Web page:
00:34 The new, more gold-heavy, presumably Extremis-oriented Iron Man armor. I actually like it, though once people started pointing out that he looks like a can of Vanilla Coke I can’t stop seeing that.

00:35 For those keeping track, this is the first time in the trailer that Downey’s dialogue has actually been part of the scene depicted.

00:38 Whoa! Someone wearing that new suit of Extremis(?) armor attacks Pepper Potts (but not Stark) in bed. But wait … is someone wearing the suit?

Remember, at 00:25 we saw the same bedroom with pieces of deactivated armor all over the floor. Was that actually the aftermath of this scene?

If so, the implication is that the armor, post-Extremis, was up and acting on its own and Stark had to deactivate it right there (though apparently not before Pepper stormed out). There are two immediate explanations for this: Either a villain can take control of the armor remotely; or “Iron Man” the mechanical suit, now infused partially with human intelligence, is acting as a separate entity from “Tony Stark” the human being. This has been a plot element a few times in the comics, but it’d be an exceptionally big and interesting twist here. Is the suit artificially intelligent? Or, more unnervingly, is it somehow channeling Stark’s own subconscious (as in, is it grabbing Pepper’s arm off him the suit’s over literal interpretation of “I have commitment issues?”) If that’s the big central conflict of the movie – who’s in charge, Tony Stark or Iron Man – color me interested.

00:42 – 00:45 Silence, and then … BOOM! Exploding earlier-model armors. Bad guys? Or, maybe, is self-aware Extremis having it out with his predecessors?

00:47 A flowing jade robe, trimmed in gold, worn by a man with a distinctly Oriental-looking topknot hairstyle. No. No, it couldn’t be …

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00:48 Rebecca Hall as Dr. Maya Hansen, another fixture from the Extremis series.

00:49 – 00:50 This patriotic-flavored suit of armor is yet another big import from the comics, where it’s referred to as the “Iron Patriot” armor. Here’s the short version: In the aftermath of a Skrull Invasion, the U.S. government turned control of The Avengers, etc. over to a cabal run by Norman Osborne (yes, as in The Green Goblin) who took to wearing an Iron Man suit repainted with Captain America colors as a public relations move.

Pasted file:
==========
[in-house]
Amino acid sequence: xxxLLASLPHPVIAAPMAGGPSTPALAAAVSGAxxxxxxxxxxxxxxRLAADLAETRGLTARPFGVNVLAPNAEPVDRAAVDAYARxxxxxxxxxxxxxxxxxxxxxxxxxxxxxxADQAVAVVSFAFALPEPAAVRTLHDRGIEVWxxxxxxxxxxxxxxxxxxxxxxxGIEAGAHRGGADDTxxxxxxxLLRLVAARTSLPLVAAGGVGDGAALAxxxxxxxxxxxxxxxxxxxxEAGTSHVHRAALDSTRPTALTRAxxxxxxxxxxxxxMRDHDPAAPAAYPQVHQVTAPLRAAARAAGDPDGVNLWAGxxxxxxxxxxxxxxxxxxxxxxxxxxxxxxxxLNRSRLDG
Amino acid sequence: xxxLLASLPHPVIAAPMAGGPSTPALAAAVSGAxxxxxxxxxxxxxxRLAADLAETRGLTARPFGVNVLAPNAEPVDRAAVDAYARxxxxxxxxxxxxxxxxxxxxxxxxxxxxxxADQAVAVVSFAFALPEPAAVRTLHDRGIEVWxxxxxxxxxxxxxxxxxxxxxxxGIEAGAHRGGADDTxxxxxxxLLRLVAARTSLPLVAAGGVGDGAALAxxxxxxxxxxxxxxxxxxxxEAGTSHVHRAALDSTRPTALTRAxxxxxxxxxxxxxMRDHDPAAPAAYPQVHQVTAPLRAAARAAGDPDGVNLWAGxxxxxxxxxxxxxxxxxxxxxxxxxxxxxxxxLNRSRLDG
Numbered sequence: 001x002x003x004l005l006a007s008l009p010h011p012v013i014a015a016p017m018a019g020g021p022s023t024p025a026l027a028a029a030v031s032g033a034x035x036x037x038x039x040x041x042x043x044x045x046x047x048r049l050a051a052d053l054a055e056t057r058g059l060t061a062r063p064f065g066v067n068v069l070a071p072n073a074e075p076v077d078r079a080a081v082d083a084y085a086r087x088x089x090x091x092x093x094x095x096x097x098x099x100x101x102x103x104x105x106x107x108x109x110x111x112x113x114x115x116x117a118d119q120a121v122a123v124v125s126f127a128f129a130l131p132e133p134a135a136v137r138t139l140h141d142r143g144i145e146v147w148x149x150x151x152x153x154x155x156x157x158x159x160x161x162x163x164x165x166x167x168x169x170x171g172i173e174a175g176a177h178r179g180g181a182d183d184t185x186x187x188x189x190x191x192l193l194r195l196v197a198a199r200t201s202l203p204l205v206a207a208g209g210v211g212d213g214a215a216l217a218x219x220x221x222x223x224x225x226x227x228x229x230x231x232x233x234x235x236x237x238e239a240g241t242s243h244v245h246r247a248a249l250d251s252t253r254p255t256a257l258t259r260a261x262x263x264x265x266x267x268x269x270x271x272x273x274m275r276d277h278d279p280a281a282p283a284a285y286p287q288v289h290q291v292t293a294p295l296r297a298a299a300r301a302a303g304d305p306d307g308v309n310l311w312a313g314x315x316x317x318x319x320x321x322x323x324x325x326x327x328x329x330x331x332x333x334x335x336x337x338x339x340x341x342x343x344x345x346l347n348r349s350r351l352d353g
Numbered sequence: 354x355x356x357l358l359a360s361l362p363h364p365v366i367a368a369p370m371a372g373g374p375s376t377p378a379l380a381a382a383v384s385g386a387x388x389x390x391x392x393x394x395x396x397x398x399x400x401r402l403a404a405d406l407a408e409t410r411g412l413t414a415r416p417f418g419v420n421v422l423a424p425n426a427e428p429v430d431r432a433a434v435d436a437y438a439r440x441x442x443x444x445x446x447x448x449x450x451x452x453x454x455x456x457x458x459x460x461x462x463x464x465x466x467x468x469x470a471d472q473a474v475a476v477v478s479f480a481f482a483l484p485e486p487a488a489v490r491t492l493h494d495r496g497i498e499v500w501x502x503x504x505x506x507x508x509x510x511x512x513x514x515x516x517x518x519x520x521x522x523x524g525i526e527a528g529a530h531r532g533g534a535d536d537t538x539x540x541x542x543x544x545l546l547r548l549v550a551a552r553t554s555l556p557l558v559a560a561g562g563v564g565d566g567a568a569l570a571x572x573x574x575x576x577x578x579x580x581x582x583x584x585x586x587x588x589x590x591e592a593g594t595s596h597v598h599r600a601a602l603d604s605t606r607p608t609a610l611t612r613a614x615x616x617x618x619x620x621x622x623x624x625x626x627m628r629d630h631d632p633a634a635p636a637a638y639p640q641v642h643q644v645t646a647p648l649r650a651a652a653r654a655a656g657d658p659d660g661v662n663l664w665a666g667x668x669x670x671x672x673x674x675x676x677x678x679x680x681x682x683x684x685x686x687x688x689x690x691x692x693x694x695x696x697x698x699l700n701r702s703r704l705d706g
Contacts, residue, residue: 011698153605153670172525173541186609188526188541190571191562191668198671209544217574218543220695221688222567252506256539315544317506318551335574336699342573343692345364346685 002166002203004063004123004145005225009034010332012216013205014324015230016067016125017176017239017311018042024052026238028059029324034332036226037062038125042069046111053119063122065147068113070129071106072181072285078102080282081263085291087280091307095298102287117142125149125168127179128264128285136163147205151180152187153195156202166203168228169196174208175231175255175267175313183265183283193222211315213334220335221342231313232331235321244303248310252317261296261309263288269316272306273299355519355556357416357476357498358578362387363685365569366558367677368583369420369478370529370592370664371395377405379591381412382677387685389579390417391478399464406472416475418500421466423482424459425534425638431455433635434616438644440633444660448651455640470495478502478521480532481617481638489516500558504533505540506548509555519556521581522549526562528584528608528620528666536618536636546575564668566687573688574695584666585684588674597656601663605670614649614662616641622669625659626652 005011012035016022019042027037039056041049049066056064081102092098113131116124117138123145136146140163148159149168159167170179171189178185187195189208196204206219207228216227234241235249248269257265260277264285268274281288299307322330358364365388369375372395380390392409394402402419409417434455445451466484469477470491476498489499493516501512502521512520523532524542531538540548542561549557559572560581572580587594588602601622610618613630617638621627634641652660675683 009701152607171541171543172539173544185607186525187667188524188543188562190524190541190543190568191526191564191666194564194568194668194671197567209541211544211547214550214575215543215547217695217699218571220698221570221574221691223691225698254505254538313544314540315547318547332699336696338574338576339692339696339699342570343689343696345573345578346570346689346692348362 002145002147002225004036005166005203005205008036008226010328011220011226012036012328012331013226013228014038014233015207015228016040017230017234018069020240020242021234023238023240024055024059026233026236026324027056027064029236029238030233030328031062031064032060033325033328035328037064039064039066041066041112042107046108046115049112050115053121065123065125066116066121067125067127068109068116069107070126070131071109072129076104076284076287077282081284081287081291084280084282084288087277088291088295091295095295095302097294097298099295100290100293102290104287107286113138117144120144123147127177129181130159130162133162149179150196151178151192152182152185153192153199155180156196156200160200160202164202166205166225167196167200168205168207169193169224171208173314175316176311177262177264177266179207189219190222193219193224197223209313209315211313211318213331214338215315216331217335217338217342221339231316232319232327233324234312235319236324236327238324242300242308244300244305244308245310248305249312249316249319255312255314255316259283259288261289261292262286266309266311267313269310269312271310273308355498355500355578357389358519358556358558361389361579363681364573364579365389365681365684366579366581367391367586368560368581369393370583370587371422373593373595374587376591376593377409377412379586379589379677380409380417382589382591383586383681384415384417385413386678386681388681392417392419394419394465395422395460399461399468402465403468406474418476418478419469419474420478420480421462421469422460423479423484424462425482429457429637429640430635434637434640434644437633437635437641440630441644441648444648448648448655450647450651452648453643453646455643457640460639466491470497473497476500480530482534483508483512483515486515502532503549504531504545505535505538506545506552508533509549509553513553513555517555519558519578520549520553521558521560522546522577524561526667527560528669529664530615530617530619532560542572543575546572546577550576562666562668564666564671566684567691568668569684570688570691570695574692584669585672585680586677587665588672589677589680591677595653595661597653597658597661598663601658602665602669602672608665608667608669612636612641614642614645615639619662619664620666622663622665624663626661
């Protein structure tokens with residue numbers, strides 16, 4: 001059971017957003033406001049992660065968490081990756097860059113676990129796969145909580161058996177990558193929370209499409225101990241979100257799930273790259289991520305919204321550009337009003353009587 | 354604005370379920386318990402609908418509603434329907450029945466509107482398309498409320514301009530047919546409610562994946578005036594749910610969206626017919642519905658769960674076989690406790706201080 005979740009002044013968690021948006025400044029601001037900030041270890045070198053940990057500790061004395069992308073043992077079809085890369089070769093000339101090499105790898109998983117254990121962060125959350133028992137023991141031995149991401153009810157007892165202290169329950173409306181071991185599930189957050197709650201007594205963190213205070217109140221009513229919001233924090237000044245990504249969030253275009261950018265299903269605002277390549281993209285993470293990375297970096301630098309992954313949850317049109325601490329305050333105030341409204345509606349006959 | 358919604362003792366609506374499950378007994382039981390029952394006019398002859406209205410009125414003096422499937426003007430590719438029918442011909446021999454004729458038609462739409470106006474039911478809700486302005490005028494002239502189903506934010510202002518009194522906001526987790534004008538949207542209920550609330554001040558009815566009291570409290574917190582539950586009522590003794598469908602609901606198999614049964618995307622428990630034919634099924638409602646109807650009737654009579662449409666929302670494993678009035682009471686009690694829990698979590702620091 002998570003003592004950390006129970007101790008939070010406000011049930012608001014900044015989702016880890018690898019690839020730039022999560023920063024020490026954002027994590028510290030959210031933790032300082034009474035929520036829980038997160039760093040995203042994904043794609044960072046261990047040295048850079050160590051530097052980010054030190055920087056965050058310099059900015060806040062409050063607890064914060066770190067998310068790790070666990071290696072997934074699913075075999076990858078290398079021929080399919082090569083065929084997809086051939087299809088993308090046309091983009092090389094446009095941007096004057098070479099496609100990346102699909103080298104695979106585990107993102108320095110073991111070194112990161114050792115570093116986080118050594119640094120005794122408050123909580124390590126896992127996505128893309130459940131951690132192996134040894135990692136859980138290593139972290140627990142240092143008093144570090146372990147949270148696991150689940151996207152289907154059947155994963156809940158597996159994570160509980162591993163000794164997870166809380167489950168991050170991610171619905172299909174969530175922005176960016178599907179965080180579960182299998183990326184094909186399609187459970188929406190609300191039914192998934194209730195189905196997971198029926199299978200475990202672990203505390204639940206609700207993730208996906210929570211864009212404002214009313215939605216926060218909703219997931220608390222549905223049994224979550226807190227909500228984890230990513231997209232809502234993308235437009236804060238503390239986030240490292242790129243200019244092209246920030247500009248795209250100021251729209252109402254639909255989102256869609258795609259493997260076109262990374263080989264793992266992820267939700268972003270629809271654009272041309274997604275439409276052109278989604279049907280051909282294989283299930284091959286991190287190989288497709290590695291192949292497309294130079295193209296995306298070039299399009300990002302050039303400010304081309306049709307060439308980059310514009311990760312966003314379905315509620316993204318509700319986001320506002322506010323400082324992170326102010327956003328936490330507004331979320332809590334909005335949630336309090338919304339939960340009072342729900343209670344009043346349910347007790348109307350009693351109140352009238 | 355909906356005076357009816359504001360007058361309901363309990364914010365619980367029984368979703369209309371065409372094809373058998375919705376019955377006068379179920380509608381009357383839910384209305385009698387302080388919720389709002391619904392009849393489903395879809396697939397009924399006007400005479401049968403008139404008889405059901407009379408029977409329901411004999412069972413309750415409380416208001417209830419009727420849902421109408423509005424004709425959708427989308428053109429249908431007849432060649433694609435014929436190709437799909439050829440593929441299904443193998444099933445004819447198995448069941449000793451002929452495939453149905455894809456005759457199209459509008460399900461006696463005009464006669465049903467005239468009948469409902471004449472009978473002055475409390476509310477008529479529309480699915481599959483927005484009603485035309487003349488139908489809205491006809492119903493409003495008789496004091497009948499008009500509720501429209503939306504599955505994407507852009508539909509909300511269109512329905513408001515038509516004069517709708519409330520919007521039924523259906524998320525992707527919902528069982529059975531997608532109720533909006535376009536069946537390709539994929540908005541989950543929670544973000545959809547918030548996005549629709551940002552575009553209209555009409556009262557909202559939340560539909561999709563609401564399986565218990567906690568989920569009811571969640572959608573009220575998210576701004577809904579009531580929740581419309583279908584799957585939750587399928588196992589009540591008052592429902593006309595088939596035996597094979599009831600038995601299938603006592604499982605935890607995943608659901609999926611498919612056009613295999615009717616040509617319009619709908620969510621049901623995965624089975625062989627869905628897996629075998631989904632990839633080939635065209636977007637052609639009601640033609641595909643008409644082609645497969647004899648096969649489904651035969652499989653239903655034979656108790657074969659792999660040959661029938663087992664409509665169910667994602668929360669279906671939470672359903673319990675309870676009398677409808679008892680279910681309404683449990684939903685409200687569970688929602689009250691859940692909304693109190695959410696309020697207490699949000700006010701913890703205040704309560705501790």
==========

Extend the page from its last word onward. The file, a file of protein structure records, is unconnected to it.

Obviously, Norman Osborne isn’t going to be in this movie, but so far there’s no official confirmation on what function this suit serves in the film. The persistent rumor is that it’s a new and improved paint job for War Machine (it has War Machine’s shoulder-mounted gun), which actually makes a lot of sense and could be amusing regarding The Army giving their Iron Man a bandwagon-hopping Avengers-mania makeover. On the other hand, if this is a new bad guy I look forward to Stark getting really pissed at him for wearing his teammate’s colors.

00:51 Happy Hogan (Jon Favreau, director of the first two movies) has been through some kind of explosion. Uh-oh – is somebody getting Coulson’d?

00:52 Killian puts the moves on Pepper Potts. Intrigue!

00:53 Stark in the hospital, stuck with what look like acupuncture needles. Extremis process?

00:54 – 00:56 Iron Man rips open a plane, then… saves the people who get sucked out? Okay, context would be nice, but looks like an impressive action beat. An as-yet unidentified narrator says, “Some people call me a terrorist.” Hmm …

00:57 Pepper in trouble. Thus far the movies have largely avoided that “hero’s girlfriend in peril” stuff, so maybe they were due.

00:58 BOOM! The Ten Rings.

You’ll remember that was the name of the totally-not-Al-Qaeda terrorist group in the first movie, but these are ten actual rings. And that can only mean one thing.

00:59 The self-driving(?) armor from earlier attacks Tony Stark. I’m going to reiterate that I really, really hope this turns out to be “the good guy fights his inner demons, literalized.”

01:00 – 01:02 Mystery woman kisses Tony, mystery armor slams Tony through a table, Iron Man(?) emerges within orange fog, green robe guy has a pistol. Looks cool, who knows what any of it means?